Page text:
Recently birth cohort screening recommendations were developed in the United States. In Belgium, no formal screening strategy exists. However the Belgian association of the study of the liver (BASL) recommends targeted HCV screening for high-risk populations (including individuals with a blood transfusion or major medical event prior to 1 july 1990, intranasal or IDU and dialysis patients) in addition to nontargeted screening among pre-operative patients and pregnant women. A birth cohort analysis based on a model suggests a birth cohort between 1950 and 1975 in Belgium. This population should reflect 70% of the viremic population.
In this study, the investigators want to estimate the prevalence of hepatitis C in Belgium in 2014 and to confirm the proposed targeted birth cohort and other risk factors. These data could provide an efficient source of identifying newly diagnosed patients as part of a national screening strategy.
|Condition or disease||Intervention/treatment||Phase|
|Hepatitis C||Other: Questionnaire Procedure: HCV serology||Not Applicable|
|Study Type :||Interventional (Clinical Trial)|
|Estimated Enrollment :||10000 participants|
|Intervention Model:||Single Group Assignment|
|Masking:||None (Open Label)|
|Official Title:||Prevalence and Screening of Hepatitis C in Belgium in 2015|
|Actual Study Start Date :||September 2015|
|Estimated Primary Completion Date :||December 2018|
|Estimated Study Completion Date :||December 2018|
All patients admitted to the one day clinic for surgery and gastroenterology.
All patients admitted to the one day clinic for surgery and gastroenterology will be asked, after signing an informed consent, to fill in a questionnaire about HCV risk factors.
Procedure: HCV serology
In case of a pre-operative blood sample an HCV serology will also be done as part of a routine pre-operative screening.
In patients where no pre-operative blood sample is done an additional consent will be asked to perform a blood sample for HCV serology. This qualifies the study as 'interventional' according to the Belgian legislation.
- HCV risk factors questionnaire [ Time Frame: up to one day after hospital admission ]All patients admitted to the one day clinic for surgery and gastroenterology will be asked, after signing an informed consent, to fill in a questionnaire regarding HCV risk factors (1 page). The collection of the questionnaires and the entering of the data into an electronic database will be done in an anonymous way.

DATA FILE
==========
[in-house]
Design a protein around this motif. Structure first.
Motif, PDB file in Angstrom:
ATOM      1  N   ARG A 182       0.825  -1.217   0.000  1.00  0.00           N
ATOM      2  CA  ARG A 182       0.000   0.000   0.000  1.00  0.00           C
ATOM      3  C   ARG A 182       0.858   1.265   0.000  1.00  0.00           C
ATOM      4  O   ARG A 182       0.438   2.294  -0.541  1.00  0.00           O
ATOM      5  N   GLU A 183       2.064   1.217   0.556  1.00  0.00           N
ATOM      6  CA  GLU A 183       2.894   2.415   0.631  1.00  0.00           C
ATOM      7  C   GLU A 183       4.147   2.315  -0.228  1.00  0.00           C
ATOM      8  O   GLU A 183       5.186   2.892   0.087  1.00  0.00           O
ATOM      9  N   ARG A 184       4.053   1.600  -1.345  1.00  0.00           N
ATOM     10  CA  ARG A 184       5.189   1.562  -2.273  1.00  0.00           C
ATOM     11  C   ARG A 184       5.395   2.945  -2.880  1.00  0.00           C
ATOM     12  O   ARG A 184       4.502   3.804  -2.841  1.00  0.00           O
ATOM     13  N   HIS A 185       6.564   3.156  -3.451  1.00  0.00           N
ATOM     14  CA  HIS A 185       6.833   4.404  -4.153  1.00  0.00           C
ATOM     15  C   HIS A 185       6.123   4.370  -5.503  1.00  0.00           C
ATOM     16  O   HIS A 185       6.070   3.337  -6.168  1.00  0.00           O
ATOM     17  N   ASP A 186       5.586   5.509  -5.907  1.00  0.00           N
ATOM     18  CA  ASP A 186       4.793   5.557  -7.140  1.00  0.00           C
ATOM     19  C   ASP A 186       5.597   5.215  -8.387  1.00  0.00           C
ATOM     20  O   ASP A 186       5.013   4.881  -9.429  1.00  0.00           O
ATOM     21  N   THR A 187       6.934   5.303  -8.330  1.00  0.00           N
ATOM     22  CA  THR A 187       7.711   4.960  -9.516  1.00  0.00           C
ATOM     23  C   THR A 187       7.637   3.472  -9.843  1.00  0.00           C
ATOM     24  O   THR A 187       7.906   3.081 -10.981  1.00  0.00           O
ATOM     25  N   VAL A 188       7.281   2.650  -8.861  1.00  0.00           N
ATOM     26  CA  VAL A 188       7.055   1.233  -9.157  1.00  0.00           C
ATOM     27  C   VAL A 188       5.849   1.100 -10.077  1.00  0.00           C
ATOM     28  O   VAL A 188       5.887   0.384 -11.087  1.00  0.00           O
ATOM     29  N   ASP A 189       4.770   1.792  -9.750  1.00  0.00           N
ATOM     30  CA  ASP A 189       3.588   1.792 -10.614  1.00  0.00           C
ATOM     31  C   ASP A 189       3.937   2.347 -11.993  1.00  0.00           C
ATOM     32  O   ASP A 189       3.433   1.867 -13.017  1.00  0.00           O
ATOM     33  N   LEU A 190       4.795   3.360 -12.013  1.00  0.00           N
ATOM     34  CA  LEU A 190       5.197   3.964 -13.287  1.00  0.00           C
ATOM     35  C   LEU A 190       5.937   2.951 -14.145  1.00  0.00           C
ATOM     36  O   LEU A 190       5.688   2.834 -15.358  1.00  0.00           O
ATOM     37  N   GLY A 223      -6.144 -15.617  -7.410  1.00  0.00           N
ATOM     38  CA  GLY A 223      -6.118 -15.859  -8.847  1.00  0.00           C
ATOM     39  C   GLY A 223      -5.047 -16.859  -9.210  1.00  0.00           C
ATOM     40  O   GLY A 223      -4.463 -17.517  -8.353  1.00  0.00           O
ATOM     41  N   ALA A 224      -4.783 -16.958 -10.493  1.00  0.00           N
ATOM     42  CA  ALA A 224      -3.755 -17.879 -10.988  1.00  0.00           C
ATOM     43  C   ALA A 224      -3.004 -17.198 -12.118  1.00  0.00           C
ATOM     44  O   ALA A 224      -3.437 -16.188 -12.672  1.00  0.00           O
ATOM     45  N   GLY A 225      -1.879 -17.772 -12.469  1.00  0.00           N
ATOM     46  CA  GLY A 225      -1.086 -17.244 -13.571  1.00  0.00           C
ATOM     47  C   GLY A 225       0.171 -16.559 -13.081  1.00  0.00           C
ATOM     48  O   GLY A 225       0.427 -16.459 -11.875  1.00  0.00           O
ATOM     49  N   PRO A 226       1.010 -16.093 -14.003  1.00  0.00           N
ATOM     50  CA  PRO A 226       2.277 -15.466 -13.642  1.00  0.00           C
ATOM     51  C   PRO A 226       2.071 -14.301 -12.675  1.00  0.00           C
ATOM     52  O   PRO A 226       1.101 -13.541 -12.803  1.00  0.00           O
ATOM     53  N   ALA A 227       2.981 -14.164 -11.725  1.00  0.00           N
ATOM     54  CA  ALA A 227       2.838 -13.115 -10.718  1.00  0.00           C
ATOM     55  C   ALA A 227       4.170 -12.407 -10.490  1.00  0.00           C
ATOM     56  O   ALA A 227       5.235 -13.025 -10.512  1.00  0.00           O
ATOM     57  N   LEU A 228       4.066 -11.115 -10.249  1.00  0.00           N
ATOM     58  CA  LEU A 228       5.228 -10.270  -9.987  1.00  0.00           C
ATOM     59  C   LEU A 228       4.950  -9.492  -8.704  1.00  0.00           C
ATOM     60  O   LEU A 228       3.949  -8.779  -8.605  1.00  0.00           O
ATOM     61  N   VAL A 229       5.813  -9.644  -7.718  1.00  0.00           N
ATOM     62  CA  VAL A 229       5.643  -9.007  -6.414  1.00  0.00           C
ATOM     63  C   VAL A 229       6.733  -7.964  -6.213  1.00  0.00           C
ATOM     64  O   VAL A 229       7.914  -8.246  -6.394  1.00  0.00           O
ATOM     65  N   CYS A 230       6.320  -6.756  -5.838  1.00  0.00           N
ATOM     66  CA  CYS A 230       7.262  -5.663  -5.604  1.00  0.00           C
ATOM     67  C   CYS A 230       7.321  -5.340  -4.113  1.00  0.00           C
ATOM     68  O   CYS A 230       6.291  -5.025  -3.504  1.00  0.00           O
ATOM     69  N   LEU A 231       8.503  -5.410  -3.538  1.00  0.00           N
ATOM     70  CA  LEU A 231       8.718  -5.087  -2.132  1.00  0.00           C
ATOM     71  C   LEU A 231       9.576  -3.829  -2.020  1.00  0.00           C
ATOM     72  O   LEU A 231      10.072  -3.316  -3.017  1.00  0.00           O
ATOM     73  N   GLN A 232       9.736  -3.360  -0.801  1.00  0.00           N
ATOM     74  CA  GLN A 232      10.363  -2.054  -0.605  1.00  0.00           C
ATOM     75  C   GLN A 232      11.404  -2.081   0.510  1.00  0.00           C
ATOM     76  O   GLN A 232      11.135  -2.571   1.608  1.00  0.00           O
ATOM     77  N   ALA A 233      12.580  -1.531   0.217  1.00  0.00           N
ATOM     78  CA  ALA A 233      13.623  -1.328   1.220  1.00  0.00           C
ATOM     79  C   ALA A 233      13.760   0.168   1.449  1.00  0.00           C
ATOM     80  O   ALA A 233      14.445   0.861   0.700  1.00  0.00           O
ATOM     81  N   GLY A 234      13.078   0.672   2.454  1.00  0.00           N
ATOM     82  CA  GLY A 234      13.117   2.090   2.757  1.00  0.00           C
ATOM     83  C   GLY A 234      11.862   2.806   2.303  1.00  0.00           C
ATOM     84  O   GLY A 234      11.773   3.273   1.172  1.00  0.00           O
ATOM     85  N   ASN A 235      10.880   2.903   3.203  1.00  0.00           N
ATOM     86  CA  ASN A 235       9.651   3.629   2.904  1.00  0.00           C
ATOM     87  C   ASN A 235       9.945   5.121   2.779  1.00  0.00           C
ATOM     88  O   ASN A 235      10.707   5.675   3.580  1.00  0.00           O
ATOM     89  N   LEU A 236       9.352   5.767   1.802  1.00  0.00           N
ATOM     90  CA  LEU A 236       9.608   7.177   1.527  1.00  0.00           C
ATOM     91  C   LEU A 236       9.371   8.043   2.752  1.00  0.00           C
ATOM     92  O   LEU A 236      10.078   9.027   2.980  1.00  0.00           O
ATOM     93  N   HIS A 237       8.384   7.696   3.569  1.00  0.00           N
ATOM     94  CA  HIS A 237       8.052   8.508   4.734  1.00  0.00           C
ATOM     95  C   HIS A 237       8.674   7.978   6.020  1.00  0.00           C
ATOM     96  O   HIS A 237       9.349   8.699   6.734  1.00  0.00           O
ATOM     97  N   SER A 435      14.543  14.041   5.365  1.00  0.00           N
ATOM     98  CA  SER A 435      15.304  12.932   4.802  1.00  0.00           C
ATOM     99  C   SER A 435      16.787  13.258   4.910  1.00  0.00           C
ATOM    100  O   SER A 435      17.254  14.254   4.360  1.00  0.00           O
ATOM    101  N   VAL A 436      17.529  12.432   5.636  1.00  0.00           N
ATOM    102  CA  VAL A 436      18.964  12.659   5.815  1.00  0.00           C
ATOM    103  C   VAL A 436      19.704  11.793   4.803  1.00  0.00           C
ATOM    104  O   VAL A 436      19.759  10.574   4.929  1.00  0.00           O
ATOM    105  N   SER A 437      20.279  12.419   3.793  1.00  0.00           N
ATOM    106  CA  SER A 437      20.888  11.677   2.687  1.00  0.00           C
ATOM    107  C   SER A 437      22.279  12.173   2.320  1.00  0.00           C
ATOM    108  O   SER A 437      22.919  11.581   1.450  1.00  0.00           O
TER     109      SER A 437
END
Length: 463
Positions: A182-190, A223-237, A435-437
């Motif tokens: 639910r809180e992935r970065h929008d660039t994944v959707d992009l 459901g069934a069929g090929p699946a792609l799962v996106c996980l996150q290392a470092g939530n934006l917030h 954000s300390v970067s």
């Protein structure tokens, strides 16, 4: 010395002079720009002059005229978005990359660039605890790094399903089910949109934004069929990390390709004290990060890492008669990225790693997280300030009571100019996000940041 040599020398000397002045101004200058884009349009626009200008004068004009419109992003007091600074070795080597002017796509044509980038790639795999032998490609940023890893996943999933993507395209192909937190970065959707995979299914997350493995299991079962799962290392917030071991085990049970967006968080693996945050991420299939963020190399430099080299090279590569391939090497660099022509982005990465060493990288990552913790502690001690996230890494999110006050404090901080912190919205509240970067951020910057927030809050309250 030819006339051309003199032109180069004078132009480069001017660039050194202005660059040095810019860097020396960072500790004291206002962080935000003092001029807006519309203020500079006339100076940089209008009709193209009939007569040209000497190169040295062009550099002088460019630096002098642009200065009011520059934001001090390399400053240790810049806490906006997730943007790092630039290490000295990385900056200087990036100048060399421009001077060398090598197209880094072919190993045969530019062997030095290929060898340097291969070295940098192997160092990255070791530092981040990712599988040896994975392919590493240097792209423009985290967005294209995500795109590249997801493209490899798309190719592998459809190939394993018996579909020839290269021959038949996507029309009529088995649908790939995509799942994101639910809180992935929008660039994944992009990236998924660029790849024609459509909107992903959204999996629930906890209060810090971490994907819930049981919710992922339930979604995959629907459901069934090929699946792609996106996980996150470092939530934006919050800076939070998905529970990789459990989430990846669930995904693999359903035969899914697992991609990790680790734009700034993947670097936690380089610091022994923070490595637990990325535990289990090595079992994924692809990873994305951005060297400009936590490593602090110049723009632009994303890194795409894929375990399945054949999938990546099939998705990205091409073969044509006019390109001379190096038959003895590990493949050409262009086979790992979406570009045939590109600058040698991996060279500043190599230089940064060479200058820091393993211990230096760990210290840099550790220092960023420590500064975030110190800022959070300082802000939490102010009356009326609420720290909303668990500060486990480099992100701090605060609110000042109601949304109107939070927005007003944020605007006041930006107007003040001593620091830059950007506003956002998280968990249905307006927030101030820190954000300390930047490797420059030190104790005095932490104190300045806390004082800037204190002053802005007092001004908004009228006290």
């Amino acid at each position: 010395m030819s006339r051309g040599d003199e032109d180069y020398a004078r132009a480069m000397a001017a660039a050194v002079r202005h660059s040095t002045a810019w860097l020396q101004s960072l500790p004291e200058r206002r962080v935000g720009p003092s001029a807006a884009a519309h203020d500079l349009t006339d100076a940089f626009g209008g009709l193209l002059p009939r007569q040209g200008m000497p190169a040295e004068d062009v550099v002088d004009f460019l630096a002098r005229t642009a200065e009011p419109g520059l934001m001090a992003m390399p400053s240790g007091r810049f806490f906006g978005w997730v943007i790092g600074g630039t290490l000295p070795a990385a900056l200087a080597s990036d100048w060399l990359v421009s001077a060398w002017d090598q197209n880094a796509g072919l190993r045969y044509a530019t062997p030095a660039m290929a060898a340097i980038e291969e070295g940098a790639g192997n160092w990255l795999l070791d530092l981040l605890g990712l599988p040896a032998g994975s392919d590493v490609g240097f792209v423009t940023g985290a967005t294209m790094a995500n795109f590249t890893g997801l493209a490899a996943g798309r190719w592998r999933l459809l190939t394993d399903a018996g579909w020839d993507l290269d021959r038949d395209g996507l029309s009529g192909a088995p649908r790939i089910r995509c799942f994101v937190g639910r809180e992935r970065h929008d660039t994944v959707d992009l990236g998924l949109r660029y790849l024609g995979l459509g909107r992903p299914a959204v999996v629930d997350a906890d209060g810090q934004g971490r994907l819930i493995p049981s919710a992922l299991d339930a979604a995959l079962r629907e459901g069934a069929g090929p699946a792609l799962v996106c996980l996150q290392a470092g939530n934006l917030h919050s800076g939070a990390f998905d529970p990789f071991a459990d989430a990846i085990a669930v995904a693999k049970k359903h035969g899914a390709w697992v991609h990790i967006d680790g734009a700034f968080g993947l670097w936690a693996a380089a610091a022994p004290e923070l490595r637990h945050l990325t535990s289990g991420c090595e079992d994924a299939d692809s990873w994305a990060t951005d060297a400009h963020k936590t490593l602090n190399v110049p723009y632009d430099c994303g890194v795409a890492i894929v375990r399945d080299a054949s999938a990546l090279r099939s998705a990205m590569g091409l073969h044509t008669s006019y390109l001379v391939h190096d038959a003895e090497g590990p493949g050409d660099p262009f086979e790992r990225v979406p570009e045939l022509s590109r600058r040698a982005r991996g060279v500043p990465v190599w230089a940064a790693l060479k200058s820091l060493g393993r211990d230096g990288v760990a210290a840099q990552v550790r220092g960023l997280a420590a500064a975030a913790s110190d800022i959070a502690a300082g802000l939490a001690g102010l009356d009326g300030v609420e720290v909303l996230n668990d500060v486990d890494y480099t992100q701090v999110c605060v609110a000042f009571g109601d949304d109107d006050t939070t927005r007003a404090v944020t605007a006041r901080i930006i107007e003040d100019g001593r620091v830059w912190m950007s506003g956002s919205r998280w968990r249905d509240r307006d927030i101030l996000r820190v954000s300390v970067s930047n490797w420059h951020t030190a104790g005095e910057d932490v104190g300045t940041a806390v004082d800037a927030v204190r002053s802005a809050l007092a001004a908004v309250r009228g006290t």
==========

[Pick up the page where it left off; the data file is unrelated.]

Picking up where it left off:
- Positive/Negative Hepatitis C serology [ Time Frame: up to 10 days after hospital admission ]In case of a pre-operative blood sampling, an HCV detection test will be done on the serum as part of the routine pre-operative screening. The sample will be analyzed in the Hospital Laboratory according to the current belgian guidelines regarding hepatitis C virus detection. In patients where no pre-operative blood sample is done, an additional consent will be asked to take a blood sample for HCV detection. In case of a positive test result (positive HCV serology), patients will be contacted. Those patients will be proposed to contact their family doctor (GP) or a specialist of their choice in order to realize a classic work up and discuss therapeutic options if necessary.
To learn more about this study, you or your doctor may contact the study research staff using the contact information provided by the sponsor.
Please refer to this study by its ClinicalTrials.gov identifier (NCT number): NCT02393365
|Contact: Luc Lasser, MD||32 2 4772620||luc.LASSER@chu-brugmann.be|
|St Pierre Hospital||Recruiting|
|Brussels, Belgium, 1000|
|Contact: Thomas Serste, MD|
|Brussels, Belgium, 1020|
|Contact: Luc Lasser, MD 32 2 4772620 luc.LASSER@chu-brugmann.be|
|Brussels, Belgium, 1070|
|Contact: Christophe Moreno, MD|
|UCL St Luc||Recruiting|
|Brussels, Belgium, 1200|
|Contact: Peter Starkel, MD|
|Principal Investigator:||Luc Lasser, MD||CHU Brugmann|
|Principal Investigator:||Christophe Moreno, MD||Erasme|
|Principal Investigator:||Thomas Serste, MD||CHU St Pierre|
|Principal Investigator:||Peter Starkel, MD||UCL - St Luc|